A joint session of parliament has passed the Elections (Amendment) Bill, 2022 and the National Accountability (Amendment) Bill, 2022, which President Alvi has returned after refusing to sign them. The bills will again be presented to President Alvi but will become law if he does not give his approval within 10 days. A joint session was called for this very reason – get the bills passed despite an uncooperative president.
It was already quite clear that the new government would amend both the electoral reforms passed by the PTI government and the NAB laws. The entire coalition had been saying this even before they came to power. When the Senate approved these bills a few weeks ago, three PPP senators had refrained from voting as they had reservations about the proposed amendments and were of the view that the election reforms should have been broader while the NAB amendments should have addressed the grievances of the public at large as well. During the PTI government’s tenure, we had seen how consistently the government had used bulldozing tactics to get legislation through, mainly resorting to ordinances. One hopes the current government chooses deliberate, thoughtful law-making over rushed-up legislation and also pays heed to members within its own ranks on the accountability amendments.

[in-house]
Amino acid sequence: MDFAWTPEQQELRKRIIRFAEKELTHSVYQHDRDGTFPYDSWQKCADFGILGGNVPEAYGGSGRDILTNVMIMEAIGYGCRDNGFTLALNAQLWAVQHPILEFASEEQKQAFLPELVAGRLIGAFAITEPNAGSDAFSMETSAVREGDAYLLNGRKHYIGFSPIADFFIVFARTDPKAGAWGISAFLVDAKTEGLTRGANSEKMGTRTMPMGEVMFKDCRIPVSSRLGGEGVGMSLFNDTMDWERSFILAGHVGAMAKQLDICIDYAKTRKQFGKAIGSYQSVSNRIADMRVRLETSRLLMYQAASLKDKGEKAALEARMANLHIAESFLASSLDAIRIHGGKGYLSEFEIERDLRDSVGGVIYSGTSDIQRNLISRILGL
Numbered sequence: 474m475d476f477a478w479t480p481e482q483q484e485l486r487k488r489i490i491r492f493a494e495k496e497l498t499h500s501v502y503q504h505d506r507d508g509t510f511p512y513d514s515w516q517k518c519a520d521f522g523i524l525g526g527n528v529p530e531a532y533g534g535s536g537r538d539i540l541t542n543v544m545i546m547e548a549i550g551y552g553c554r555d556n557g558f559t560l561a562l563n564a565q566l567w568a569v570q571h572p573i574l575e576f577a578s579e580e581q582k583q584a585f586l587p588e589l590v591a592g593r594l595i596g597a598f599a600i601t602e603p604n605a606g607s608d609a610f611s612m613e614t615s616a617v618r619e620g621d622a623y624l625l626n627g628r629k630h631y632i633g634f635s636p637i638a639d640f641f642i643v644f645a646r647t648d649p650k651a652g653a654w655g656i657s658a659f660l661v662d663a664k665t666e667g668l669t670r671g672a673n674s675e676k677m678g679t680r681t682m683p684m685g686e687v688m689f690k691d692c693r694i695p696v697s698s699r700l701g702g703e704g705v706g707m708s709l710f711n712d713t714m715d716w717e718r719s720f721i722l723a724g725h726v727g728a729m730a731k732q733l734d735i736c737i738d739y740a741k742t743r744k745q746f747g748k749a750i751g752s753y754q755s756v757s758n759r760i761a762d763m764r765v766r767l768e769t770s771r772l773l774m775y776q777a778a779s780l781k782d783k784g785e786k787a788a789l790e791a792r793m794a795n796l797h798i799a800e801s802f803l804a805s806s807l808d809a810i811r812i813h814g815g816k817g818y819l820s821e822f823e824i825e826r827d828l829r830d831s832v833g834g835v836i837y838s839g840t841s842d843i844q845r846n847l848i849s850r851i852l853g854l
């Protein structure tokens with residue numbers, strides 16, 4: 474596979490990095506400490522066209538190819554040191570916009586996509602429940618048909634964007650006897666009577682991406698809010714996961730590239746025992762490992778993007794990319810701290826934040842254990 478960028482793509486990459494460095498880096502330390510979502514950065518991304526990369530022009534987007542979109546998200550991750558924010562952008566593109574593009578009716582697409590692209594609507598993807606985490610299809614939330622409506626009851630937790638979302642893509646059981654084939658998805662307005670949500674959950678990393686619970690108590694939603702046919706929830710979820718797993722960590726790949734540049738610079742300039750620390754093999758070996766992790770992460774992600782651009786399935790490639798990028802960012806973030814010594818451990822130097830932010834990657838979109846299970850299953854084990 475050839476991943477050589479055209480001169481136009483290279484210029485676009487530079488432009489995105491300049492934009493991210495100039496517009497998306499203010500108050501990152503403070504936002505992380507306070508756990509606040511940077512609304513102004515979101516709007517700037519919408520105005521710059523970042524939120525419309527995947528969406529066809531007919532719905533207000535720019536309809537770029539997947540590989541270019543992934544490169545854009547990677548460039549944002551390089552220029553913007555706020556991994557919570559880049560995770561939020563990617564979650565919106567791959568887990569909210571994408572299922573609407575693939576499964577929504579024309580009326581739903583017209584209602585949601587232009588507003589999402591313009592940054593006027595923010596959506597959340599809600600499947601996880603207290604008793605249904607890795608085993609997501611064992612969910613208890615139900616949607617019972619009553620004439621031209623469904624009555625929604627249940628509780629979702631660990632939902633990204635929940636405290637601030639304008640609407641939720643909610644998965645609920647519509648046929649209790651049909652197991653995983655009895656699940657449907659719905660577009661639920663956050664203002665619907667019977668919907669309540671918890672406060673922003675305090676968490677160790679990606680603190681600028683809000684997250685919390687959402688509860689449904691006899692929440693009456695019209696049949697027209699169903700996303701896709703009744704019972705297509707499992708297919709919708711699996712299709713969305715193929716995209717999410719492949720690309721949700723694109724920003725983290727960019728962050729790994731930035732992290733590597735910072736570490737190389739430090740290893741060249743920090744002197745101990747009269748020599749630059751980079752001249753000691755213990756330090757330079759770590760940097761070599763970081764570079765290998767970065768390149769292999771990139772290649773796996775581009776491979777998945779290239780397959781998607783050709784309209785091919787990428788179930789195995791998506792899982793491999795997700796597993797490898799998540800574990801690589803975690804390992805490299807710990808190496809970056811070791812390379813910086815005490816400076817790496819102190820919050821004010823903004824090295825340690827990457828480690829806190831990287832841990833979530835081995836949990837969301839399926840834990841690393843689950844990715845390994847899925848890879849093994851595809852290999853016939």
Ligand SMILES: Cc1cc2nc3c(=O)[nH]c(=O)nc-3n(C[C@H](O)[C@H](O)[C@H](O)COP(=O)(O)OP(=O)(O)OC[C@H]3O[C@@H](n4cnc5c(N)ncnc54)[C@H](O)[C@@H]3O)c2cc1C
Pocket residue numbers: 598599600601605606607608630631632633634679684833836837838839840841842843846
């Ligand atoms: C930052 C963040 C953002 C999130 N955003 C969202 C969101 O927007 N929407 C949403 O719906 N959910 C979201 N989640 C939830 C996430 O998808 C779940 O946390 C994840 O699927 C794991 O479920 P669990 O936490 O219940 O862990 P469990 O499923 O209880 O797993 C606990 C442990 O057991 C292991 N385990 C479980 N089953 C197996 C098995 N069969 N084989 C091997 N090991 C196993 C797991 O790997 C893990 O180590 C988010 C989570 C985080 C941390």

The Election Commission had made its 37 reservations public about the amendments passed by the PTI government, and it was also not ready for the i-voting mechanism for overseas Pakistanis. There was misinformation that the right to vote had been taken away from overseas voters but as has been confirmed also by the Islamabad High Court the voting rights of overseas Pakistanis remain intact. On the NAB law, there is of course controversy that these amendments have been passed to give a clean chit to the ongoing cases against the coalition partners but we have seen the judiciary itself questioning the arbitrary powers of NAB in the past and how the anti-graft body had been used as a tool for political victimization. That said, the way laws have been passed in the past few years need a rethink. If parliament is only to be used as a soap box for pretty – or fiery – speeches, then where will the business of law-making, which requires debate, take place?